Apparently It’s Unsafe to Ride Elevators With Muslim Women

“Oh, is it safe to ride the elevator with you?”
These were the Islamophobic comments made by a Florida lawmaker, State Representative Tom Goodson to a Muslim woman, Laila Abdelaziz, as he walked into the elevator filled with state legislators with whom she had just had a meeting.
In a Facebook post, Abdelaziz wrote, “Everyone laughed. Every single one of them laughed (Democrat, Republican, White, Black, old, young).”
Just hours earlier, Abdelaziz had attended a hearing of the Florida House of Representatives State Affairs Committee with these Florida lawmakers to discuss a proposed bill — HB 1095 –that would give Gov. Rick Scott the power to “prevent a restricted person from entering into or resettling in the state and to prevent a restricted person residing in the state from committing violent acts of war.”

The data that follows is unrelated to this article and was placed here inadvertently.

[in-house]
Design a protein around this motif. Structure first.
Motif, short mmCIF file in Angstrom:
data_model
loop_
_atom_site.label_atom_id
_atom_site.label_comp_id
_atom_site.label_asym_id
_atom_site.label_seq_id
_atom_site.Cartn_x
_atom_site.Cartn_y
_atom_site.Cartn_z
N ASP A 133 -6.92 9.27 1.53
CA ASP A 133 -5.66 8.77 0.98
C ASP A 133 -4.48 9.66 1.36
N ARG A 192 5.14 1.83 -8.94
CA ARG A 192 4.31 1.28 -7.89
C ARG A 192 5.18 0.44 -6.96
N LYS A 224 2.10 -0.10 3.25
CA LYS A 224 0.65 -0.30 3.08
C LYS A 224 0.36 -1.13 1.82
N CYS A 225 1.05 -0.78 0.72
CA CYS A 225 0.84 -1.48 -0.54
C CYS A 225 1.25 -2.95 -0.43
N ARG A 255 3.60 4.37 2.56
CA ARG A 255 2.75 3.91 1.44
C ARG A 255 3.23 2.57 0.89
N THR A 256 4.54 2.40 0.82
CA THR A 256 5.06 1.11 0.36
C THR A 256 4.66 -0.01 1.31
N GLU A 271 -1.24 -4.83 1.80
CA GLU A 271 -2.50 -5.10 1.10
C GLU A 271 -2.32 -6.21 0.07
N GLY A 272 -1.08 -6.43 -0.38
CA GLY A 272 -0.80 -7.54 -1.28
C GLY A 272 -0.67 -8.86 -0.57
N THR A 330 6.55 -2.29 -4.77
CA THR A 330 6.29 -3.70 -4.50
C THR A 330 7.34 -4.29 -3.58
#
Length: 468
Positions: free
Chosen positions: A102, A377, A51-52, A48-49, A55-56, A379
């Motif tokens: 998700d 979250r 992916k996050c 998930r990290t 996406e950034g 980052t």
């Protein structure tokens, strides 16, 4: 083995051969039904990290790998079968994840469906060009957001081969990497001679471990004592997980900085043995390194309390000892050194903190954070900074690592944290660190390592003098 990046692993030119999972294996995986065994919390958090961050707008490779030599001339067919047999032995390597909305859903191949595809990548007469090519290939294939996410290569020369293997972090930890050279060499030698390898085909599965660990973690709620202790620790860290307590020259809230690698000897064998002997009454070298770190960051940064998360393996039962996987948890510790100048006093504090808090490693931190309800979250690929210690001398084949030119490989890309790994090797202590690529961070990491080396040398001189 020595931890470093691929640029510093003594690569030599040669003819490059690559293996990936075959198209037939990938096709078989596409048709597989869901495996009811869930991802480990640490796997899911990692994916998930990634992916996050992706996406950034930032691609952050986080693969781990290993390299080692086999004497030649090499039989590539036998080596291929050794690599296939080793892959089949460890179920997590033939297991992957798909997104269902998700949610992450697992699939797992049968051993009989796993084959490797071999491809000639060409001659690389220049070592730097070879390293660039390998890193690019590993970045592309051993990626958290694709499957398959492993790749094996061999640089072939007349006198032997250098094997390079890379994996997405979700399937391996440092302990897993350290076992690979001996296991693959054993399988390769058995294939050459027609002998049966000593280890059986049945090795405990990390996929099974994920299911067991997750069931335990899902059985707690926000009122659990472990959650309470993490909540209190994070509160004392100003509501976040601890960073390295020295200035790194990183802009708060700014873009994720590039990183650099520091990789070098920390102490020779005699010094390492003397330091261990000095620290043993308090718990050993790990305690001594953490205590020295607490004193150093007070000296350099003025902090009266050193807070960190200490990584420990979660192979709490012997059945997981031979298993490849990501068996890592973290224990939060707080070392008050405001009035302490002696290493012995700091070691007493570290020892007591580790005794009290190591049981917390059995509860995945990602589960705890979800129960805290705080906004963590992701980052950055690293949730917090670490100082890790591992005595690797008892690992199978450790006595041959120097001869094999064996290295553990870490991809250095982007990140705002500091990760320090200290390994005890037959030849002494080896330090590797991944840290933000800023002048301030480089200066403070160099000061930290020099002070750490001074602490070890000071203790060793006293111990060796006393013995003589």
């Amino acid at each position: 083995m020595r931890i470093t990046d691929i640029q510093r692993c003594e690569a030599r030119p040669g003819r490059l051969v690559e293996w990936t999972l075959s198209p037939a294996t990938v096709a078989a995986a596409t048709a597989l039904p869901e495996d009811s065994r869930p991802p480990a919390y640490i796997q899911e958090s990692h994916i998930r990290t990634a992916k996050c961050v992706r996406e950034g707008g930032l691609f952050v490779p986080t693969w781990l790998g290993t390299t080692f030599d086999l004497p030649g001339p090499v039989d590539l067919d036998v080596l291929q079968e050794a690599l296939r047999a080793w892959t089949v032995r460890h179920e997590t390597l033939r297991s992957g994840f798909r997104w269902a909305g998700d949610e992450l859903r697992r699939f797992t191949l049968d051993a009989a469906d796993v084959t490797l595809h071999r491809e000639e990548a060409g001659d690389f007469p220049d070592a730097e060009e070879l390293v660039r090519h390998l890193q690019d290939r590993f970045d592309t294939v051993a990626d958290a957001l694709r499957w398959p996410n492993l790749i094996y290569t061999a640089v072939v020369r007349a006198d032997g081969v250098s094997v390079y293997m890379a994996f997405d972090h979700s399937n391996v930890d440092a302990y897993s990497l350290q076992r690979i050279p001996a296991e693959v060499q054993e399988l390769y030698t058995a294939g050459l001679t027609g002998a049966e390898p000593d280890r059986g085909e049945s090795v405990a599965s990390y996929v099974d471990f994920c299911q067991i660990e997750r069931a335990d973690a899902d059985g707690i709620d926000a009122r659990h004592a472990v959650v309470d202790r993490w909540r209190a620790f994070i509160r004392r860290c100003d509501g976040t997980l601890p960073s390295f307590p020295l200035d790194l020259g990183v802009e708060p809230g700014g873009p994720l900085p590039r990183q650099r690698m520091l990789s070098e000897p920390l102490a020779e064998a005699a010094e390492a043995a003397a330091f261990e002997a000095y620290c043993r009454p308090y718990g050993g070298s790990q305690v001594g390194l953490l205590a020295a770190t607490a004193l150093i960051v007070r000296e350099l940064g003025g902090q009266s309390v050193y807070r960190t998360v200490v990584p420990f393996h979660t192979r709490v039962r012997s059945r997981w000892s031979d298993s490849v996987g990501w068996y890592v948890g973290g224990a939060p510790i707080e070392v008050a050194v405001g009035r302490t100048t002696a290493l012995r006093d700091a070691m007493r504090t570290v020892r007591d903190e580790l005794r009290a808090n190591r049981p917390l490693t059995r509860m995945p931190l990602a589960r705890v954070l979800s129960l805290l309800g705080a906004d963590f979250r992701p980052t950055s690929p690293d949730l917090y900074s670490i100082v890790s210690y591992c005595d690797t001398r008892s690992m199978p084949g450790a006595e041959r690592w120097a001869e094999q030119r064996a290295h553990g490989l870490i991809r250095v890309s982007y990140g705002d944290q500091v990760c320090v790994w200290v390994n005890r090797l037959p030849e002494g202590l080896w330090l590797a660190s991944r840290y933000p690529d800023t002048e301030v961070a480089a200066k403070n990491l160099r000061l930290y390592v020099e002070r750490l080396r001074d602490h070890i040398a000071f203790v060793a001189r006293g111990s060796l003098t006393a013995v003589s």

The bill, which is blatantly racist and Islamophobic, targets refugees from the Eastern hemisphere. Abdelaziz had attended the committee hearing as the legislative and government affairs director for the Florida chapter of the Council for American-Islamic Relations (CAIR), opposing the bill, which was eventually approved by the committee.
After a defeat at the committee, Abdelaziz left the meeting only to be harassed, and in her own words, “belittled” by a state representative on the basis of her religious beliefs — and as an added humiliation, be laughed at by an elevator of state representatives and legislators who all know her.
Muslim men, women and children are being subjected to horrific incidents of Islamophobic attacks across America, with a reported surge in anti-Muslim sentiment and hate crimes. The Republican state representative’s comments echo similar comments by Republican presidential candidates.
When the people placed in power to enact laws and govern states are making Islamophobic and undoubtedly racist remarks toward Muslim women, it is made clear that there is a structural and institutional prejudice against Muslim women in America.
Goodson may protest that his remarks were innocuous, but the gravity of the laughter of his fellow state lawmakers and the public humiliation of Abdelaziz cannot be denied.